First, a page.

generality which naturally unites the many individuals.
VII
Feuerbach, consequently, does not see that the “religious sentiment” is itself a social product, and
that the abstract individual whom he analyses belongs to a particular form of society.
VIII
All social life is essentially practical. All mysteries which lead theory to mysticism find their rational
solution in human practice and in the comprehension of this practice.
IX
The highest point reached by contemplative materialism, that is, materialism which does not
comprehend sensuousness as practical activity, is contemplation of single individuals and of civil
society.
X
The standpoint of the old materialism is civil society; the standpoint of the new is human society, or
social humanity.
XI
The philosophers have only interpreted the world, in various ways; the point is to change it.
Written: Spring 1845
First Published: As an Appendix to Engels’ Ludwig Feuerbach and the
End of Classical German Philosophy, 1886.
Source: Marx/Engels Selected Works, Volume One, p. 13 – 15
Publisher: Progress Publishers, Moscow, USSR, 1969
Translated: W. Lough from the German
Transcription/Markup: Zodiac
Copyleft: Marx/Engels Internet Archive (marxists.org) 1995, 1999, 2002.
Permission is granted to copy and/or distribute this document under
the terms of the GNU Free Documentation License.
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Part One
Setting the scene
I’ve been thinking about ‘space’ for a long time. But
usually I’ve come at it indirectly, through some other
kind of engagement. The battles over globalisation, the
politics of place, the question of regional inequality, the
engagements with ‘nature’ as I walk the hills, the
complexities of cities. Picking away at things that don’t
seem quite right. Losing political arguments because the
terms don’t fit what it is you’re struggling to say.
Finding myself in quandaries of apparently
contradictory feelings. It is through these persistent
ruminations – that sometimes don’t seem to go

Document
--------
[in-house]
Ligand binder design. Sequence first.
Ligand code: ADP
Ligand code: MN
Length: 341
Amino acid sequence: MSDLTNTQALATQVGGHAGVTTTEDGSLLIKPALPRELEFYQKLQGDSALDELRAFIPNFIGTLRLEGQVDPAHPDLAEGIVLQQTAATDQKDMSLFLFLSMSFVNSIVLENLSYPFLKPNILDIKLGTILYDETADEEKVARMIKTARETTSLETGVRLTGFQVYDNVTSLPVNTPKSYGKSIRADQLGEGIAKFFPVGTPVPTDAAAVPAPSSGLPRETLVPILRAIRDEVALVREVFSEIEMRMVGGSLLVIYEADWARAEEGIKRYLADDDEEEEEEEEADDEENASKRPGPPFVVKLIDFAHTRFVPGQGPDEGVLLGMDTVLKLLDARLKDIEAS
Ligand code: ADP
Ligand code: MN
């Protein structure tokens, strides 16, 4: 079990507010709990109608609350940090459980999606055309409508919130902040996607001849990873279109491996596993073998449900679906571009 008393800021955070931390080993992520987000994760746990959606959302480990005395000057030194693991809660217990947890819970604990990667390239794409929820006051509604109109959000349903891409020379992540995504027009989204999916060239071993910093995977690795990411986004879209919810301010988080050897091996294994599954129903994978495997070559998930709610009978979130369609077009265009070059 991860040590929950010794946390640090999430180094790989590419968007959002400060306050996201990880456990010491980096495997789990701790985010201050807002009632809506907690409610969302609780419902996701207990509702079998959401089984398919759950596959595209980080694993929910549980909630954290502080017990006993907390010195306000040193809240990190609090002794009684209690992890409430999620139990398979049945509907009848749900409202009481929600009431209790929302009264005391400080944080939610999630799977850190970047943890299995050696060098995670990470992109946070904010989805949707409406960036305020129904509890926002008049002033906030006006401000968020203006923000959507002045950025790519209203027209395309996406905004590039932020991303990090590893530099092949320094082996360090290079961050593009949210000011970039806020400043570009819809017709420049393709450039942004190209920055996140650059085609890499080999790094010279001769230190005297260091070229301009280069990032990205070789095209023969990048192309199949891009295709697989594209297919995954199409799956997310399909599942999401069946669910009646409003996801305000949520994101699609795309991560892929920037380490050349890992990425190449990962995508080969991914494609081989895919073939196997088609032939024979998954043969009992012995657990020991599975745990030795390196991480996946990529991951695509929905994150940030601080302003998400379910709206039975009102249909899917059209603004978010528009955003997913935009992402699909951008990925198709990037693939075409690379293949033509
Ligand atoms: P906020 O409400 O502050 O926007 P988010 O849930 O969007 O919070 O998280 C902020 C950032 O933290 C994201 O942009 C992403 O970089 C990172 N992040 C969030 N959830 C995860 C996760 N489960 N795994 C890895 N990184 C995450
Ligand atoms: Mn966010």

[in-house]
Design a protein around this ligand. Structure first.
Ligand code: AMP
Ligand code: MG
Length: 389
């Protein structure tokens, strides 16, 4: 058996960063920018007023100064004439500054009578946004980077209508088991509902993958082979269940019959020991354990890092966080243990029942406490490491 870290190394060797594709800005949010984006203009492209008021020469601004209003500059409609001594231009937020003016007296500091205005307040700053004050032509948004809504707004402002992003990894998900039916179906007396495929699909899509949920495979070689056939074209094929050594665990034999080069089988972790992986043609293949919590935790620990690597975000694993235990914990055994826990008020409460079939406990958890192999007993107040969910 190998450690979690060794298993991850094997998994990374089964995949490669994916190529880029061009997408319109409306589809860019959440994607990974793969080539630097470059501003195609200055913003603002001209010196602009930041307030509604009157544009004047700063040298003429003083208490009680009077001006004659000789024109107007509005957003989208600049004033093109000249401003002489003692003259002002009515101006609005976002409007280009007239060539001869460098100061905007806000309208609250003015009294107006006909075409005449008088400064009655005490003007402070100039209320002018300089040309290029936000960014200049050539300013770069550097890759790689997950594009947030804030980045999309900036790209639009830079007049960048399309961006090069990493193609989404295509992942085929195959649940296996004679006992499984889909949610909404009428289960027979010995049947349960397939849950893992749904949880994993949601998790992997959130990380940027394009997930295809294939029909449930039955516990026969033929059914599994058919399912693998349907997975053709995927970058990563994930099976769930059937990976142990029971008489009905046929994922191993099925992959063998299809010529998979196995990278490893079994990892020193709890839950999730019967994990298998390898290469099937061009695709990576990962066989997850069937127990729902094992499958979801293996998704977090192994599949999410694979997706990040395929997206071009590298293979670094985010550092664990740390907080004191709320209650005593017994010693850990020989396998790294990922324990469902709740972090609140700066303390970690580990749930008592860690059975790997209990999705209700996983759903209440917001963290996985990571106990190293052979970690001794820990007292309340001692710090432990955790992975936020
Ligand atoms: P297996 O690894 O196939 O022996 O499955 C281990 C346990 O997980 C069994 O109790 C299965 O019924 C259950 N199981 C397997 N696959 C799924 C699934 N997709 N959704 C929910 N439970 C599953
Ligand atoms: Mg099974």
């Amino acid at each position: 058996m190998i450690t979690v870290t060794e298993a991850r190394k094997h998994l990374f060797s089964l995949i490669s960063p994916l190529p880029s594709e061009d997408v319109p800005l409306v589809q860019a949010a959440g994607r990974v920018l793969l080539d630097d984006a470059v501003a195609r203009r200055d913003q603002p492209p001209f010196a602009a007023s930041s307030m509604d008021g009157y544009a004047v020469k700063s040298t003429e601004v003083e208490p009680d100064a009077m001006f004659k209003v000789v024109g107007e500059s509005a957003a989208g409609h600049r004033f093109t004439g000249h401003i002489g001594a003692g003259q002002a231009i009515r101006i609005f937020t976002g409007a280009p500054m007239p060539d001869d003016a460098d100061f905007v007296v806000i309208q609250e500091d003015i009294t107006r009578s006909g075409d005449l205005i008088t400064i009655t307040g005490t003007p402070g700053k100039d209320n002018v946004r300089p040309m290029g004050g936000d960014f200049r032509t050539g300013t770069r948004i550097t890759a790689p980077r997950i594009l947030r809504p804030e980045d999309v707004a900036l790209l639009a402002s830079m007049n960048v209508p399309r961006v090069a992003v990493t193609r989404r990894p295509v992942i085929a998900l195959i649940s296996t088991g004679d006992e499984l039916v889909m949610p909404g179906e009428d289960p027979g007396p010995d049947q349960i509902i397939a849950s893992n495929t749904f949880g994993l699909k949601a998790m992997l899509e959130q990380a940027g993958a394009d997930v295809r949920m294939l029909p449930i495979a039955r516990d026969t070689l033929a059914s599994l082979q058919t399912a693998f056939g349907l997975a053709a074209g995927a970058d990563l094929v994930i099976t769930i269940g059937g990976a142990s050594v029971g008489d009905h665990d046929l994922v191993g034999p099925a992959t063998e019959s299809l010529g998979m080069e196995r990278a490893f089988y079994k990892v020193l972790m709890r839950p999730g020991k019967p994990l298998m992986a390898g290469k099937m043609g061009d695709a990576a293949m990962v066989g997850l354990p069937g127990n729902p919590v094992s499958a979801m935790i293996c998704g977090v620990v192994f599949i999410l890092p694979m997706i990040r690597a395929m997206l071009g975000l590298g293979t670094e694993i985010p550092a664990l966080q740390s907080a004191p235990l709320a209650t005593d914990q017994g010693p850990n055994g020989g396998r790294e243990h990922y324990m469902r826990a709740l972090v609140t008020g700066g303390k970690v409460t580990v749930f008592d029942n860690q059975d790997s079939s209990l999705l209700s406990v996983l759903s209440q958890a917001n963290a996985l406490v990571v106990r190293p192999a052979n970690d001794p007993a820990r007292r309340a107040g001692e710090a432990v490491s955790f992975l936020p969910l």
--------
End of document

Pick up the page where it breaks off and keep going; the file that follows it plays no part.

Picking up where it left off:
anywhere and then sometimes do – that I have become
convinced both that the implicit assumptions we make
about space are important and that, maybe, it could be
productive to think about space differenly.
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Three ruminations
1 The armies were approaching the city from the
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quarter named the reed or crocodile – the direction in
which the sun rises. Much was known about them
already. Tales had come back from outlying provinces.
Tax gatherers from the city, collecting tribute from
conquered territories, had met up with them. Envoys
had been despatched, to engage in talks, to find out
more. And now neighbouring groups, chafing against
their long subordination to the Aztec city, had thrown in
their lot with the strange invaders. Yet in spite of all
these prior contacts, the constant flow of messages,
rumours, interpretations reaching the city, the
approaching army was still a mystery. (‘The strangers
sat on “deer as high as the rooftops”. Their bodies were
completely covered, “only their faces can be seen. They
are white, as if made of lime. They have yellow hair,
although some have black. Long are their beards.”’1)
And they were arriving from the geographical direction
which, in these time-spaces, was held to be that of
authority.
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figure 1.1a Tenochtitlán – Aztec depiction
Source: The Bodleian Library
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It was also the Year One Reed, a year of both historical
and cosmological significance: a particular point in the
cycle of years. Over past cycles the city had become
mightily successful. It was only a few cycles ago that
the Mexica/Aztecs had first set up in this huge high
valley. They had arrived from the direction of the flint
and after long wanderings; an uncultivated people in the
eyes of the cities already established around the lake.
But since their arrival, and the founding of this city
Tenochtitlán, the Aztecs had piled success upon success.
The city was now the biggest in the world. Its empire
now stretched, through conquest and continual violent
subordination, to the ocean in two directions.
Thus far the Aztecs had conquered all before them. But
these armies approaching now are ominous. Empires do
not last for ever. Only recently Azcapotzalco, on the
edge of the lake, had been brought down after a brief
blaze of glory. And Tula, seat of
the revered Toltecs, now lies deserted, as do the ruins of
Teotihuacan. All these are reminders of previous
splendours, and of their fragility. And now these strange
invaders are coming from the direction of acatl; and it is
the Year One Reed.
Such things are important. Coincidences of events form